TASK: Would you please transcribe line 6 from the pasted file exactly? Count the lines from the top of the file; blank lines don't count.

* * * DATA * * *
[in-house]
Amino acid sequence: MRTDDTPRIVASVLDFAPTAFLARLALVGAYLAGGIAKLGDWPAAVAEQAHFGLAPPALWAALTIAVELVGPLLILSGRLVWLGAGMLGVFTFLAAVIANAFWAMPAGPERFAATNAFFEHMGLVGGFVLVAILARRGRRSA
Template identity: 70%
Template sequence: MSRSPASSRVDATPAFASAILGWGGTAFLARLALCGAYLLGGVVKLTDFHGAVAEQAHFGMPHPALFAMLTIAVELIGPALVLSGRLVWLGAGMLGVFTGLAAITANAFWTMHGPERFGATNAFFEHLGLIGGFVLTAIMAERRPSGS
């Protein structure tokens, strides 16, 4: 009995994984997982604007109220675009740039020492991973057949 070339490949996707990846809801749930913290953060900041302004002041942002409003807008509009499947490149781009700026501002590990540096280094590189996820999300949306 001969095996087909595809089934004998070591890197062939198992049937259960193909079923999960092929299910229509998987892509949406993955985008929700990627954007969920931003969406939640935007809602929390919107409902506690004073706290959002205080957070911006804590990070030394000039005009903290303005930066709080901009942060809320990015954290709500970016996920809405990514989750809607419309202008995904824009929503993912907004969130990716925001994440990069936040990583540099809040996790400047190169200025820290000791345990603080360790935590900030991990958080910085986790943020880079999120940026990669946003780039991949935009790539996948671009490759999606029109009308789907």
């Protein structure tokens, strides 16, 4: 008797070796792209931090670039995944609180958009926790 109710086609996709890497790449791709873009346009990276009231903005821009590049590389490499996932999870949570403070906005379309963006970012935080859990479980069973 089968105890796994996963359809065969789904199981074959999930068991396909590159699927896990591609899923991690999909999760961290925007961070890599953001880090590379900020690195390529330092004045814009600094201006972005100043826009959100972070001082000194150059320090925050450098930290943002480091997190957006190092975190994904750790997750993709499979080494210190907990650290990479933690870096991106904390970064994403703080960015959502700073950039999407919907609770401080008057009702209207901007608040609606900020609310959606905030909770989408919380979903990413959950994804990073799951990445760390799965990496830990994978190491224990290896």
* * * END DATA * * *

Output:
């Protein structure tokens, strides 16, 4: 008797070796792209931090670039995944609180958009926790 109710086609996709890497790449791709873009346009990276009231903005821009590049590389490499996932999870949570403070906005379309963006970012935080859990479980069973 089968105890796994996963359809065969789904199981074959999930068991396909590159699927896990591609899923991690999909999760961290925007961070890599953001880090590379900020690195390529330092004045814009600094201006972005100043826009959100972070001082000194150059320090925050450098930290943002480091997190957006190092975190994904750790997750993709499979080494210190907990650290990479933690870096991106904390970064994403703080960015959502700073950039999407919907609770401080008057009702209207901007608040609606900020609310959606905030909770989408919380979903990413959950994804990073799951990445760390799965990496830990994978190491224990290896």